*A joke for old political fogies like me. If you aren't an old fogy like me try googling it, substituting "Socialism" for "Capitalism".
Re: "Patriot Scientific Corporation?" That was exactly what struck me about this.
I am beginning to wonder if there is a new form of "isolationism" (take a look at pre-war American politics and the difficulties that Roosevelt had in getting "lease-lend" past Congress in the early days of the war if that seems unclear) developing amongst certain political and business forces in the US. Many such companies are (despite all the outsourcing and all that) beginning to feel the heat in terms of turnover and cash-flow. However, international trade agreements prevent them from using crude import barriers as they were used in the past (by all countries). What a lovely opportunity to re-introduce such barriers disguised as "defending patents", Oh, and no, I do not for one moment believe that this bunch are uniquely guilty, I am quite certain that if this patent insanity goes much further many other countries will be tempted to use IP law to circumvent free-trade agreements. I just find it very ironic given that during the eighties and the nineties the US was the big driver for establishing these agreements, that this means of circumventing them appears to be cropping first on this scale on that side of the pond (Samsung's fate, anyone?)
I was rather interested to see that......
.....almost half the adult purchasers of Meccano are women. I freely confessed that if I had been asked to guess what the proportion was I would not have got near the correct answer.
RE:"All of the innovation is in..............
..............the software, the chips are just the mechanics."
That, is without peer as the most asinine comment I have read in a long time.
Re: "I especially enjoyed the plum that spewed......." A word of advice.
You have already dropped yourself in a very big hole (and deservedly so) - stop digging.
Re: "Isn't it easier" Oh dear.
@Rampent Spaniel Re:"These are the same patents Android handset makers pay.........
............MS for already. MS can bring something to the table so Apple plays ball with them."
That is precisely why, IMHO, Cupertino are taking the risk of proving to have been Redmond's useful idiots come the Autumn when MS enter table space for the first in any serious sense. Until Apple started its litigation war against Android Redmond was facing a war on two fronts (although not a land war in South East Asia :-P) against two major already existing competitors in that particular market place. What Apple has potentially done is at the very least partially lame Android in advance of these events and ensure that to a greater extent than would otherwise have been the case they'll be going head to head alone with Redmond and its senior OEMs such as Samsung (!), Lenovo, Asus etc. Thanks to Apple it is entirely possible that Redmond will have considerably less effective competition from Android in tablet space in the coming year or so and will be able to focus to a greater extent than they otherwise would have been on going up against the iPad and iOS. I do not claim, of course, that this is any certain prediction of the likely fallout from Cupertino's lawyering but the "Law of Unintended Consequences" being what it is, their cunning strategy may turn out to have more than just a touch of the Baldrick about it.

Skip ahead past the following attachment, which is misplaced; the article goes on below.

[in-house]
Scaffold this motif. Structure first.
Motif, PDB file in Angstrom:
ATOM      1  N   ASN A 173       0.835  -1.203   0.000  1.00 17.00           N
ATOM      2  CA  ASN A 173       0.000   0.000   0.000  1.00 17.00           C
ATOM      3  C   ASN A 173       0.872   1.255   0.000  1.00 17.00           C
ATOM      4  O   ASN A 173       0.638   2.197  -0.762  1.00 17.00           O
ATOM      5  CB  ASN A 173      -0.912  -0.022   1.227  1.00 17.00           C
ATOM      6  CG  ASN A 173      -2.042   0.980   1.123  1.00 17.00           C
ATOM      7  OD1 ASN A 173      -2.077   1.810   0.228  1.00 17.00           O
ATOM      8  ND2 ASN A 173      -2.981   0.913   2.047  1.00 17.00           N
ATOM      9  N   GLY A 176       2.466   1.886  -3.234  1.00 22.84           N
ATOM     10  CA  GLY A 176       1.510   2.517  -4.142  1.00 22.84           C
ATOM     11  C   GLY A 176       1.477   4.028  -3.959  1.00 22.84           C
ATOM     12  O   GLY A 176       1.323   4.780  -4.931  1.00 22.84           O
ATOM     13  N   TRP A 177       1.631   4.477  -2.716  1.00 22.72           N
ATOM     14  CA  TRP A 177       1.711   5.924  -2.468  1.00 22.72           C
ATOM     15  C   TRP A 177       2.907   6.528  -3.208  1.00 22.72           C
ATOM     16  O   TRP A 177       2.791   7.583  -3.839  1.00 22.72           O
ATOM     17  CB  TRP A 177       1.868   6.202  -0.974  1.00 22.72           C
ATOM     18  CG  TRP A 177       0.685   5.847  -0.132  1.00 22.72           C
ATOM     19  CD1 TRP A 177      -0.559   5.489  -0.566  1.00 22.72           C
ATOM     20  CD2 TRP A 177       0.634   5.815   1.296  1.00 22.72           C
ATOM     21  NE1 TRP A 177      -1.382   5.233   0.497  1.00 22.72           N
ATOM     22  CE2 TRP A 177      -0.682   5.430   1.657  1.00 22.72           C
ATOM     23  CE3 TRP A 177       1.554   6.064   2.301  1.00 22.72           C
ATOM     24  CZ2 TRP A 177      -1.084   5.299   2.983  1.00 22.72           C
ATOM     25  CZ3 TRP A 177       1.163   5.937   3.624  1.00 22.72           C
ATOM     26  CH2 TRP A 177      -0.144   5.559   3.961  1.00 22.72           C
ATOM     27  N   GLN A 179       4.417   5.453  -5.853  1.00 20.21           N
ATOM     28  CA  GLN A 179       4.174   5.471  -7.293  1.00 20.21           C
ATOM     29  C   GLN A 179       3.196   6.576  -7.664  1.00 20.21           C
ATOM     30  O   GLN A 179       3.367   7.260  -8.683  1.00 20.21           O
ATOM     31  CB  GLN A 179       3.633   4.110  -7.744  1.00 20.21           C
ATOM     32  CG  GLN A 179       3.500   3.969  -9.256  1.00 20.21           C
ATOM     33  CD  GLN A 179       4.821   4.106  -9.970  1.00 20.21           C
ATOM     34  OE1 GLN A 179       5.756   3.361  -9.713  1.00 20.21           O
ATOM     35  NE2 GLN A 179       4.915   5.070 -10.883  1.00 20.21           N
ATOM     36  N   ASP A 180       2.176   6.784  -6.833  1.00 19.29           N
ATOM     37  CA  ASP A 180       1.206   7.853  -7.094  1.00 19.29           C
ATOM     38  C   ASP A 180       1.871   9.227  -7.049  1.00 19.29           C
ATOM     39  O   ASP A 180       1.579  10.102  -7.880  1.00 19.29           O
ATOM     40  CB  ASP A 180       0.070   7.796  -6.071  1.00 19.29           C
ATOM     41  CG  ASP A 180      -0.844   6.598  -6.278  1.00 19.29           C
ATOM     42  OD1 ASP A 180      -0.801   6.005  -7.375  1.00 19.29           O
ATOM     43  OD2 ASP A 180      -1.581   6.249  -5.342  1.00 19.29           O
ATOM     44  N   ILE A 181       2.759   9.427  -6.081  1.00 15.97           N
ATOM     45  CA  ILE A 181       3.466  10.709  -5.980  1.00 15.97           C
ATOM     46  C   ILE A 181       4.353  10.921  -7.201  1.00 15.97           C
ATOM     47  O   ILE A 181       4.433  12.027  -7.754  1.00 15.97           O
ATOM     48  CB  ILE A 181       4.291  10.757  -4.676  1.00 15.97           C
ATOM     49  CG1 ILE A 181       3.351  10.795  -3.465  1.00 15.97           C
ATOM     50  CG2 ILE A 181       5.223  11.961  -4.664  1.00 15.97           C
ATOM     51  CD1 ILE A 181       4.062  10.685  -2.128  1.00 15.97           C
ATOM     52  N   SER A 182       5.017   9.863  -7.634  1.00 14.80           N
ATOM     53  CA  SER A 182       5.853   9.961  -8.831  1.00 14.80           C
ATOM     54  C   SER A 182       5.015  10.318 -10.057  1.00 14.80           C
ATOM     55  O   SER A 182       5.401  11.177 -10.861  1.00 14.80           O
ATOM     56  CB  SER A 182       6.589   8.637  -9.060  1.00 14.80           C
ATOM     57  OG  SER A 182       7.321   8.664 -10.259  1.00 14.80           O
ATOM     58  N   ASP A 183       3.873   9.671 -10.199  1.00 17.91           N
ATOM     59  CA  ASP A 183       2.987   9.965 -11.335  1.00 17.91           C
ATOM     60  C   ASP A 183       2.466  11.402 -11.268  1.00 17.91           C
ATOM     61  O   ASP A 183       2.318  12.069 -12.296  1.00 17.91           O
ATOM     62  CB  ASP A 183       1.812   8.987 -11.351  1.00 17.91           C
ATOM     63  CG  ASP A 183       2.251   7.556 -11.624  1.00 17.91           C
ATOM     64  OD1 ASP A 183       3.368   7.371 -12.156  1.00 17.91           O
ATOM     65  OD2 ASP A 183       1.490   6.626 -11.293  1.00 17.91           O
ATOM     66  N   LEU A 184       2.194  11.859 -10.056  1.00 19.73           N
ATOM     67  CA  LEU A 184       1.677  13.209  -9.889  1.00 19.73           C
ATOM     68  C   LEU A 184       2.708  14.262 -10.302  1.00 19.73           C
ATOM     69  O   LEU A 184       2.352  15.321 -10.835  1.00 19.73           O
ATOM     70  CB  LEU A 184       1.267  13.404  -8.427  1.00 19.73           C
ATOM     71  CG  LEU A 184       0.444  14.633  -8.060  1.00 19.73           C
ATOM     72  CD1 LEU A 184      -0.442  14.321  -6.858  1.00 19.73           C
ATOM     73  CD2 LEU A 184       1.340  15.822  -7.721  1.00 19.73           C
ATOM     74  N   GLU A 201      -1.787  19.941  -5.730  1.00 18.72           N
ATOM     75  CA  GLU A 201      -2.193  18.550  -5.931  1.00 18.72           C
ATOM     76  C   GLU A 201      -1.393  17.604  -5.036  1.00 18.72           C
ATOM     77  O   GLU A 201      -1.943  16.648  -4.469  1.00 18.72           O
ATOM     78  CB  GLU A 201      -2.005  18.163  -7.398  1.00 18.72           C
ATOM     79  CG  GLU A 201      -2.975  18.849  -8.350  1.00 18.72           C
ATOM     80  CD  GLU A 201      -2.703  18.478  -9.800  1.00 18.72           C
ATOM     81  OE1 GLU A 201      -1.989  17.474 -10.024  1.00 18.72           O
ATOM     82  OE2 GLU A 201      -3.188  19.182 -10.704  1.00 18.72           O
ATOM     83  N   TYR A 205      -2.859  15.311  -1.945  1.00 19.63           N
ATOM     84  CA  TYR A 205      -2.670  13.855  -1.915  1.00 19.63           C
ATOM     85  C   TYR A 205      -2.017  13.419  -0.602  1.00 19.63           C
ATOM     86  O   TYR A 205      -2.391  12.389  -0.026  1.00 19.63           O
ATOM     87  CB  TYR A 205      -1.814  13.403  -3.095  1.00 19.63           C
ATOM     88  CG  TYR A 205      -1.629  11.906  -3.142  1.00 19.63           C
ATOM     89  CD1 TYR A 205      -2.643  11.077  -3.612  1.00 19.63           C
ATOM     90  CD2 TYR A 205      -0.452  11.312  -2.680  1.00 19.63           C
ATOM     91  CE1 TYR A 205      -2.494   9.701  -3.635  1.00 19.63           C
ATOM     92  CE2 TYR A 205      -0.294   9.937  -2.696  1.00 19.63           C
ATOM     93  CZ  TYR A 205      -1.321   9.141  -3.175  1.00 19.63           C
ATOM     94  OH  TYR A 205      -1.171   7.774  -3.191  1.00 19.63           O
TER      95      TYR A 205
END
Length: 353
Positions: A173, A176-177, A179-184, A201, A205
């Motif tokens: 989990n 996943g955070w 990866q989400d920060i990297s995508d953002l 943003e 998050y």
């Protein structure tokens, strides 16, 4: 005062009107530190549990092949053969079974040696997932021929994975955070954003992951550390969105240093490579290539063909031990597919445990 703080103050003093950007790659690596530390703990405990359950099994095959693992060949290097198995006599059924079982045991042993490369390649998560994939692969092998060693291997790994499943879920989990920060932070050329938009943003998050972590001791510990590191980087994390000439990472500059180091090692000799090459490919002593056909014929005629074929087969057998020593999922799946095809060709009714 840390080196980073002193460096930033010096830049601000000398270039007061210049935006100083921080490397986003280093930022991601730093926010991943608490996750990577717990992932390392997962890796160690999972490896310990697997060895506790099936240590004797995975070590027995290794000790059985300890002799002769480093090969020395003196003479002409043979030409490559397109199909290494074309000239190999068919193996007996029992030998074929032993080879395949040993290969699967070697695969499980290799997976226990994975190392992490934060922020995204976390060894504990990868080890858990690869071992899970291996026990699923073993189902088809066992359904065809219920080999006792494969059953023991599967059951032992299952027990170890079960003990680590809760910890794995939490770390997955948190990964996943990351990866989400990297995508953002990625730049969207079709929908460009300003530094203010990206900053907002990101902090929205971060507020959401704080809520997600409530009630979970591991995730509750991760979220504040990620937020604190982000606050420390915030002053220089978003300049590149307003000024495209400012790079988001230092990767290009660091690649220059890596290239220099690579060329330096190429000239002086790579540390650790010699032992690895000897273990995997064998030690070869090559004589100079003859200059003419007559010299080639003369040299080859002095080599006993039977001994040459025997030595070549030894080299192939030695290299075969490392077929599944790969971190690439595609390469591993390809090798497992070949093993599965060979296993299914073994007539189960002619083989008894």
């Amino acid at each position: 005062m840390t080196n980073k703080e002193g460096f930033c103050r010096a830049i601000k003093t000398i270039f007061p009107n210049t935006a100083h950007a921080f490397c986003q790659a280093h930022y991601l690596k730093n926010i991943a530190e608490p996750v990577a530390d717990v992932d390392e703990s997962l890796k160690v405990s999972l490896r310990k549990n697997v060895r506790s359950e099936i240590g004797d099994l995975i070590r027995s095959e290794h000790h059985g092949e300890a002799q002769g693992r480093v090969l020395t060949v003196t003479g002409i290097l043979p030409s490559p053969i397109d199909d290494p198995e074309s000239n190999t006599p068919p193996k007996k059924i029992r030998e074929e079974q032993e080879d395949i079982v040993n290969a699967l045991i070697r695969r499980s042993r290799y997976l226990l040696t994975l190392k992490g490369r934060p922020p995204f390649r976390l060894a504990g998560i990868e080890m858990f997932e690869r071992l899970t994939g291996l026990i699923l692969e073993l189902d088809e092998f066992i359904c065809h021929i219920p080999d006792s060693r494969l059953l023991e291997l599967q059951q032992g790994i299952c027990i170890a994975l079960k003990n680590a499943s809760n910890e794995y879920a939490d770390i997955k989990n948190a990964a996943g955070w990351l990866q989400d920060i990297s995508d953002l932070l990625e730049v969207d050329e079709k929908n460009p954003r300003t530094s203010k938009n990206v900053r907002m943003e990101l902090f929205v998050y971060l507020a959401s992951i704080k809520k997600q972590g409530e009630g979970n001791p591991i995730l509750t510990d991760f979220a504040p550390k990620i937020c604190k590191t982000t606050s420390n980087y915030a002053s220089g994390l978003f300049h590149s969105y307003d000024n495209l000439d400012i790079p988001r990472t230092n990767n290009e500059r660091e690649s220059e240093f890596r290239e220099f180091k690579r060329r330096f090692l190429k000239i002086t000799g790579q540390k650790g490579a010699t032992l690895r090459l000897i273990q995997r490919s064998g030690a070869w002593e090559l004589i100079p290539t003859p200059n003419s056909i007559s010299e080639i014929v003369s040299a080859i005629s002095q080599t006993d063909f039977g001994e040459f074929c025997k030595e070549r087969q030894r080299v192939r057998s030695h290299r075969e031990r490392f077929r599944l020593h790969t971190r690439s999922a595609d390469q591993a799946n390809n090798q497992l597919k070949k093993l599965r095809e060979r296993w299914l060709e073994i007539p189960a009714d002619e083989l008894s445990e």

@Turtle RE: The USA patent system is a disgrace
The fact that Apple continue to fund the departments in their company that you refer to does not change the fact the their corporate focus (that intangible is more important than many are willing to credit) has been substantially distracted. It is no coincidence that the work that led to the first iPhones (crucially the two "3" iterations) and later the first iPad occurred before Mr Jobs/Apple got distracted by his hatred of the Android os. I was, as I am sure you noticed referring to what we may see from here on in.
With regard to my use of the word "abuse" I would think that what I was referring to was rather obvious. When a company use the law in order to attempt, in practice, to create a de facto monopoly then it can only be regarded as abuse of the law's intention if not its current letter. If this decision is upheld on appeal Apple will start to go after the other Android OEMs and judging by the outrageous demands (revealed in court filings) that they subjected Samsung to as the price for "licensing" the net effect will be to reinforce their attempts to gain the aforementioned monopoly control. That the parlous state of US IP law permits this kind of tactic does not make it any less abusive.
Re: The USA patent system is a disgrace
It most certainly is. Apple no doubt believe that they have been handed personal ownership of mobile tech space gift-wrapped. The consequences of this decision may however not end up being quite what Cupertino are expecting. Tablet space is going to get rather more complicated in the Autumn - who are they going to start suing then? Their rival then will be the "auld enemy", do Apple think perhaps that the same legal tactics will work against Redmond? This "victory" may turn out to be something very different from what they imagine. They have spent the last two - three years or so focused on abusing the judicial system to avoid competition instead of focusing on development and innovation in order to keep ahead of their rivals by that means. They may very well discover that they pay a considerably higher price for that than they had anticipated.
Re:"If the royal family can't figure it out for themselves........"
The Norwegian royal family are, as far as their tech is concerned, ordinary punters like millions of other ordinary punters with regard to their knowledge/understanding of the tech. They are none of them techies, professional or amateur. In common with the rest of the aforementioned millions of ordinary punters they know fuck all about that side of their shinies. That does not make them anything other than average punters with an average punter*s understanding of their smartphones. Norwegian security however are most definitely supposed to know about such things.
Re: "On a WP8 device."
It would be tempting, hmm?